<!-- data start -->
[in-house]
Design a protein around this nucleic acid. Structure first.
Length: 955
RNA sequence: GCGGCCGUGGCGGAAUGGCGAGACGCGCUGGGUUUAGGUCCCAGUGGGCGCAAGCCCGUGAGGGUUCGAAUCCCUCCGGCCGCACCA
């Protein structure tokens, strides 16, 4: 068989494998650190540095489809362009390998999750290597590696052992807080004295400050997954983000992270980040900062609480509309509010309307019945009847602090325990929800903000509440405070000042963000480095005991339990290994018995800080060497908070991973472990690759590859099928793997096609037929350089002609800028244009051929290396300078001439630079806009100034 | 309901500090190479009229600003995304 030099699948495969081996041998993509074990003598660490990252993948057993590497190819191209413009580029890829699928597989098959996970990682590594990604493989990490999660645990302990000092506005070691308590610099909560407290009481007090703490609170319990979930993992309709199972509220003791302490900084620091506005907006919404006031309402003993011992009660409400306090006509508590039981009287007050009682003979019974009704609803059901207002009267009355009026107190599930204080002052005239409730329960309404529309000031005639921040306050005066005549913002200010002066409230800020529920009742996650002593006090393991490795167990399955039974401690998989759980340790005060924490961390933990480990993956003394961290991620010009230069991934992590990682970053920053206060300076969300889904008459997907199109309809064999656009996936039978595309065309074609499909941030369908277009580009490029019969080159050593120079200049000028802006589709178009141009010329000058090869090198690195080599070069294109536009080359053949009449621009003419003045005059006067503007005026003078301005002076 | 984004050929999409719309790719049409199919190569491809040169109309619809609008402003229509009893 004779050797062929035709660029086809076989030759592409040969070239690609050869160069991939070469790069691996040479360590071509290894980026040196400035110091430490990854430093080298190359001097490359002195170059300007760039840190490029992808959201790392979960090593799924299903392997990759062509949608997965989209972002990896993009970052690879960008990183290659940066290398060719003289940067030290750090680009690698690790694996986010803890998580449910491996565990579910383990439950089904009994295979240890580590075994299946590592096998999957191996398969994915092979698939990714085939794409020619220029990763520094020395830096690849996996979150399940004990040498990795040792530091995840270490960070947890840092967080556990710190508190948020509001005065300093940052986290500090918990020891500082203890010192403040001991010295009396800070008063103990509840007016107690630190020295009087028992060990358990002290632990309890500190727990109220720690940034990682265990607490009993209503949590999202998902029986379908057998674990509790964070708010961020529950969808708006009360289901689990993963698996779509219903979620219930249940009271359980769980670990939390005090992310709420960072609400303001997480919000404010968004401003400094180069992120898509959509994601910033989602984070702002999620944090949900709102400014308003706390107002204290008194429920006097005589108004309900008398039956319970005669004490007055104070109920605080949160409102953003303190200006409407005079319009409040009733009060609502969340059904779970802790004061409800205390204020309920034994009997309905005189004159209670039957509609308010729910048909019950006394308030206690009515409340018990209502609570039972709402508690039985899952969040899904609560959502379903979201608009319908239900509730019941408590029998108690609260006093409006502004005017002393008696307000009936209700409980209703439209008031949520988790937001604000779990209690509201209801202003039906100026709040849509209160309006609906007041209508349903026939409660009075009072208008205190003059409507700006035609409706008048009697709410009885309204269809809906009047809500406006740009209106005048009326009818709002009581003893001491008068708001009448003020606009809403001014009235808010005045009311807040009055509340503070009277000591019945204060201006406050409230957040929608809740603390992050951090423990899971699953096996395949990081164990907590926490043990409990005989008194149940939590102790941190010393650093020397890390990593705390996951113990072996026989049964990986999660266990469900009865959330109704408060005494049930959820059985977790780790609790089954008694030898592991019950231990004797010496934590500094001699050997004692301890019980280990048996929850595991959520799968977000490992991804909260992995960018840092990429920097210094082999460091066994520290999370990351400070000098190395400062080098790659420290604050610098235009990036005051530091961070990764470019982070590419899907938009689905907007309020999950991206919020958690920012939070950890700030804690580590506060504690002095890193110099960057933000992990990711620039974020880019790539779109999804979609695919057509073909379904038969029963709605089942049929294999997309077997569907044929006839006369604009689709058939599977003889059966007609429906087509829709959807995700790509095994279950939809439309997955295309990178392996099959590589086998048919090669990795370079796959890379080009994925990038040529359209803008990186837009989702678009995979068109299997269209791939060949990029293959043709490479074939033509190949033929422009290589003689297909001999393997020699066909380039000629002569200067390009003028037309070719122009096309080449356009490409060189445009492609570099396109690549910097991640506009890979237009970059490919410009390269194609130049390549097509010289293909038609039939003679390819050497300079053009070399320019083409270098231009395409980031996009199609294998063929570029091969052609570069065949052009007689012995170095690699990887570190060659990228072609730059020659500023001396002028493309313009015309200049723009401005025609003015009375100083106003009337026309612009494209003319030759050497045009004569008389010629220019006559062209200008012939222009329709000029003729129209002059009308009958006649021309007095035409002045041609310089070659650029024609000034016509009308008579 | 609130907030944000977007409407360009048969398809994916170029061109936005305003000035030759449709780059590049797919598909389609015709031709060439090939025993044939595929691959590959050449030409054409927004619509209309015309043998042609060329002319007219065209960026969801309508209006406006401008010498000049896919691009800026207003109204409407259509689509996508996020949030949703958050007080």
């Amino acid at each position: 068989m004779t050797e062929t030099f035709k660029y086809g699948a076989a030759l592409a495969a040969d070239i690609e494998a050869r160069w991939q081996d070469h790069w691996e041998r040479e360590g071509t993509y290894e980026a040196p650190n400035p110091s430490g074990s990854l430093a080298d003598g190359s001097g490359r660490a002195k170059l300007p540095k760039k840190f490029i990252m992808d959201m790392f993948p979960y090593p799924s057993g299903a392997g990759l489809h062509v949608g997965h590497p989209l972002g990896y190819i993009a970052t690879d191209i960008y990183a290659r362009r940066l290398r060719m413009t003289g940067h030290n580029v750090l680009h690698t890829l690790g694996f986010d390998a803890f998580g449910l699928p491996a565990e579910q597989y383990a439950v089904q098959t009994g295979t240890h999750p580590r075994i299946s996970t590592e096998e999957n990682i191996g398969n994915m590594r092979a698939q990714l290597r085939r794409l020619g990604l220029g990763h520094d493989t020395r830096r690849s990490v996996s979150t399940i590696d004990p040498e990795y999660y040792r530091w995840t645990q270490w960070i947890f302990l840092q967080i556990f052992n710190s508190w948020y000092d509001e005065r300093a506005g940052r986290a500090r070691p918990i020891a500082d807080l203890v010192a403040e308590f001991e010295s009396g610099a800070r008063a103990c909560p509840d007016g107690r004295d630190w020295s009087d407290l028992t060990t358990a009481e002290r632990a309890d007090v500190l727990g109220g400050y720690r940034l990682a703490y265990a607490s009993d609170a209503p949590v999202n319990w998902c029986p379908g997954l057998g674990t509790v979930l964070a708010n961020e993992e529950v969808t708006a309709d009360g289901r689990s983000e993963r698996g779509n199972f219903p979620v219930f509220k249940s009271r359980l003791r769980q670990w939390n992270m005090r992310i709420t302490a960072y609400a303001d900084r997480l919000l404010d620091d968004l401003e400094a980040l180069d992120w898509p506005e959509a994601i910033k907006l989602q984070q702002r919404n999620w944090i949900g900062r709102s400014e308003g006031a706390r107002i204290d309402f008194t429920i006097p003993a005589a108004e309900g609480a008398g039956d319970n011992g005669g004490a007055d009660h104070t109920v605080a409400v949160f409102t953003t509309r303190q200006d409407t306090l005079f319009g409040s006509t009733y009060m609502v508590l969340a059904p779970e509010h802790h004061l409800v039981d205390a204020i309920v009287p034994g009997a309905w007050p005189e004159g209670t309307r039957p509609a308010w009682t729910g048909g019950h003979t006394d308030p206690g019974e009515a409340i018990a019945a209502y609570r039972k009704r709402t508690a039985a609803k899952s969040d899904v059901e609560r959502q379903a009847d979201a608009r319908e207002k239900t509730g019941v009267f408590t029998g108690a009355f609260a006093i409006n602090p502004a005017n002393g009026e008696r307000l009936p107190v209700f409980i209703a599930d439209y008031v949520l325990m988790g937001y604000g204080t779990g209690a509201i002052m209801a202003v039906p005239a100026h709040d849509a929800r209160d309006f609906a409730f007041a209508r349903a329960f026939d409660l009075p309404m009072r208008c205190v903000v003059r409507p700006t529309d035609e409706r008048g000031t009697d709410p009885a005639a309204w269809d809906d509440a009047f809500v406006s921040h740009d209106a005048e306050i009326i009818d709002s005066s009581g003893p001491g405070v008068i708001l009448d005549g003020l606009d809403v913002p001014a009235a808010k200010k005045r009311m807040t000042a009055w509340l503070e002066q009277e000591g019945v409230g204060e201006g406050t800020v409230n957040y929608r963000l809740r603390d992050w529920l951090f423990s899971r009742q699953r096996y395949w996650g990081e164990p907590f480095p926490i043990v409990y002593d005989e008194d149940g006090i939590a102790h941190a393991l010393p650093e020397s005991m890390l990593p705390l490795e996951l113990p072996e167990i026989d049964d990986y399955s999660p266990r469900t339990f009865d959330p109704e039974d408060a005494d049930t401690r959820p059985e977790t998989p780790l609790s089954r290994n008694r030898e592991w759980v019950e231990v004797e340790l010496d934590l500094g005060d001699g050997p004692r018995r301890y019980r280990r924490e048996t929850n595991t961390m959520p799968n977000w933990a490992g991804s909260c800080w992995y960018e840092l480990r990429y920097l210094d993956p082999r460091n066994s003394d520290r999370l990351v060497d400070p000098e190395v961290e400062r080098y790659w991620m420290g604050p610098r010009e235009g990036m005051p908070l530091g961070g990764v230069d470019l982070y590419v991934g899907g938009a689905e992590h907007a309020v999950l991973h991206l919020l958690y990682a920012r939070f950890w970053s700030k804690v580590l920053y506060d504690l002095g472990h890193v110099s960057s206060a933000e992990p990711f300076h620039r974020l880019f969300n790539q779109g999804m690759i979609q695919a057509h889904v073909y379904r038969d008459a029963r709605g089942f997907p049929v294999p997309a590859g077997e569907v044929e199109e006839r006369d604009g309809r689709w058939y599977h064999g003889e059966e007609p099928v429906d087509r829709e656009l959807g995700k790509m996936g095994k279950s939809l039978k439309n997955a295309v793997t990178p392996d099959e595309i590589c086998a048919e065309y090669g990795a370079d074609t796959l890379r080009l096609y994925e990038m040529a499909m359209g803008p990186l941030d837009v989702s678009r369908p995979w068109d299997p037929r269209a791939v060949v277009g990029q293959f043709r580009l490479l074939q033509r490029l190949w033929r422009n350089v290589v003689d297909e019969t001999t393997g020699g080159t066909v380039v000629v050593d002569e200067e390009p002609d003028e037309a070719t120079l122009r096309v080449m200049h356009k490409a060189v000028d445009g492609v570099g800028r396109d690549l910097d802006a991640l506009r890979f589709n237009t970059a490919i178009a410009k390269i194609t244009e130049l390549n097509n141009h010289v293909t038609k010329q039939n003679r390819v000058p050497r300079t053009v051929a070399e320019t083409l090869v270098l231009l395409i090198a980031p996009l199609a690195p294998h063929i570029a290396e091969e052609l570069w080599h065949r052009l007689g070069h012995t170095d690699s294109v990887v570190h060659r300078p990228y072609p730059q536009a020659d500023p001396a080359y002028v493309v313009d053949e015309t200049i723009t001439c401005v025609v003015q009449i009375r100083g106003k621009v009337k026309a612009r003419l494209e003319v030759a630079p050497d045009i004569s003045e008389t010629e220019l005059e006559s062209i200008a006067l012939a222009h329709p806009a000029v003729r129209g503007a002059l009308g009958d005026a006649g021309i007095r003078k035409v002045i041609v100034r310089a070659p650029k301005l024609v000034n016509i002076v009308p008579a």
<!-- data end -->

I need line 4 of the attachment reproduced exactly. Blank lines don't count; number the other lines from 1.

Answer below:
RNA sequence: GCGGCCGUGGCGGAAUGGCGAGACGCGCUGGGUUUAGGUCCCAGUGGGCGCAAGCCCGUGAGGGUUCGAAUCCCUCCGGCCGCACCA